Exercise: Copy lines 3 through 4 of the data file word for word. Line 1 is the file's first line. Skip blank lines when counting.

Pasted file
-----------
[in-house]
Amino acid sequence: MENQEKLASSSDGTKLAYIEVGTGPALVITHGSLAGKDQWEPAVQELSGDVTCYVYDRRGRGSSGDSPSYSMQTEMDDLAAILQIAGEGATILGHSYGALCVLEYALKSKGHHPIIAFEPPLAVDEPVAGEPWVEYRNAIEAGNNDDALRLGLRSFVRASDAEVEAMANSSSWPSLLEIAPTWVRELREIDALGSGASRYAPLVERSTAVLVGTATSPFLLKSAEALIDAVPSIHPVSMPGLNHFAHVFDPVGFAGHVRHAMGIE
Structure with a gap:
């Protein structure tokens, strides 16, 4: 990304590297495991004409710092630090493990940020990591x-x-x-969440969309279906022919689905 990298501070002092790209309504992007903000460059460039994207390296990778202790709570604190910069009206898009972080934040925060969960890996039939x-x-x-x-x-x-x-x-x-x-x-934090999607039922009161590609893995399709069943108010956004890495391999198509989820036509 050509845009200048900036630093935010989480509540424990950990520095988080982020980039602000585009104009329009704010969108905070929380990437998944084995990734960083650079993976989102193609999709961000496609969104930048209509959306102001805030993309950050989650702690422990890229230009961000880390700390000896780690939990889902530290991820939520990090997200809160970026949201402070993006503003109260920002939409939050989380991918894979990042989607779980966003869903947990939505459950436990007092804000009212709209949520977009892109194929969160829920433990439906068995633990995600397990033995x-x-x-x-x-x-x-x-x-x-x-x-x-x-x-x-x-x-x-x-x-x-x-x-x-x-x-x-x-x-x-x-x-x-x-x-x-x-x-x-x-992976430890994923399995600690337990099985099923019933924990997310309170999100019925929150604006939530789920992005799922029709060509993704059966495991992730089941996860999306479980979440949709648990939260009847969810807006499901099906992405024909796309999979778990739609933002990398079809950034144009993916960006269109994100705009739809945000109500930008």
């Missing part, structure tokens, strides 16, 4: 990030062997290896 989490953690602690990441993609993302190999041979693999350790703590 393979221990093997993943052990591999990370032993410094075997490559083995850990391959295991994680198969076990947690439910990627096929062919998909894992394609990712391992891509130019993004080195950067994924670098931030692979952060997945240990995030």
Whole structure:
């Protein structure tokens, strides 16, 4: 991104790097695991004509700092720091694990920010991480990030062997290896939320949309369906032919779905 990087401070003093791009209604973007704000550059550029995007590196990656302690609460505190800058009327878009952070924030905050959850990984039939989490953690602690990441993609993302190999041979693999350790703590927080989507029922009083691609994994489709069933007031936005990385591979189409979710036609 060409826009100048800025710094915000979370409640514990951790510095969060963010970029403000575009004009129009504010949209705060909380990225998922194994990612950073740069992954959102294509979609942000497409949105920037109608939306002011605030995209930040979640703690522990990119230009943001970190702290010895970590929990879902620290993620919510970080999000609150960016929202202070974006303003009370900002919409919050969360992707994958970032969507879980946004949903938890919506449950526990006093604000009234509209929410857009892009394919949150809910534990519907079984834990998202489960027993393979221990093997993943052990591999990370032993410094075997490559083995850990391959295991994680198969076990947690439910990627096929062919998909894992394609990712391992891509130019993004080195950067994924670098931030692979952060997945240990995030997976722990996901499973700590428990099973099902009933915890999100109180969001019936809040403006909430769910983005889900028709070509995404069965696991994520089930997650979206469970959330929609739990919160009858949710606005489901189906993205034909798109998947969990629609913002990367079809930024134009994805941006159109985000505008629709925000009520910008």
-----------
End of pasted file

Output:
Structure with a gap:
């Protein structure tokens, strides 16, 4: 990304590297495991004409710092630090493990940020990591x-x-x-969440969309279906022919689905 990298501070002092790209309504992007903000460059460039994207390296990778202790709570604190910069009206898009972080934040925060969960890996039939x-x-x-x-x-x-x-x-x-x-x-934090999607039922009161590609893995399709069943108010956004890495391999198509989820036509 050509845009200048900036630093935010989480509540424990950990520095988080982020980039602000585009104009329009704010969108905070929380990437998944084995990734960083650079993976989102193609999709961000496609969104930048209509959306102001805030993309950050989650702690422990890229230009961000880390700390000896780690939990889902530290991820939520990090997200809160970026949201402070993006503003109260920002939409939050989380991918894979990042989607779980966003869903947990939505459950436990007092804000009212709209949520977009892109194929969160829920433990439906068995633990995600397990033995x-x-x-x-x-x-x-x-x-x-x-x-x-x-x-x-x-x-x-x-x-x-x-x-x-x-x-x-x-x-x-x-x-x-x-x-x-x-x-x-x-992976430890994923399995600690337990099985099923019933924990997310309170999100019925929150604006939530789920992005799922029709060509993704059966495991992730089941996860999306479980979440949709648990939260009847969810807006499901099906992405024909796309999979778990739609933002990398079809950034144009993916960006269109994100705009739809945000109500930008």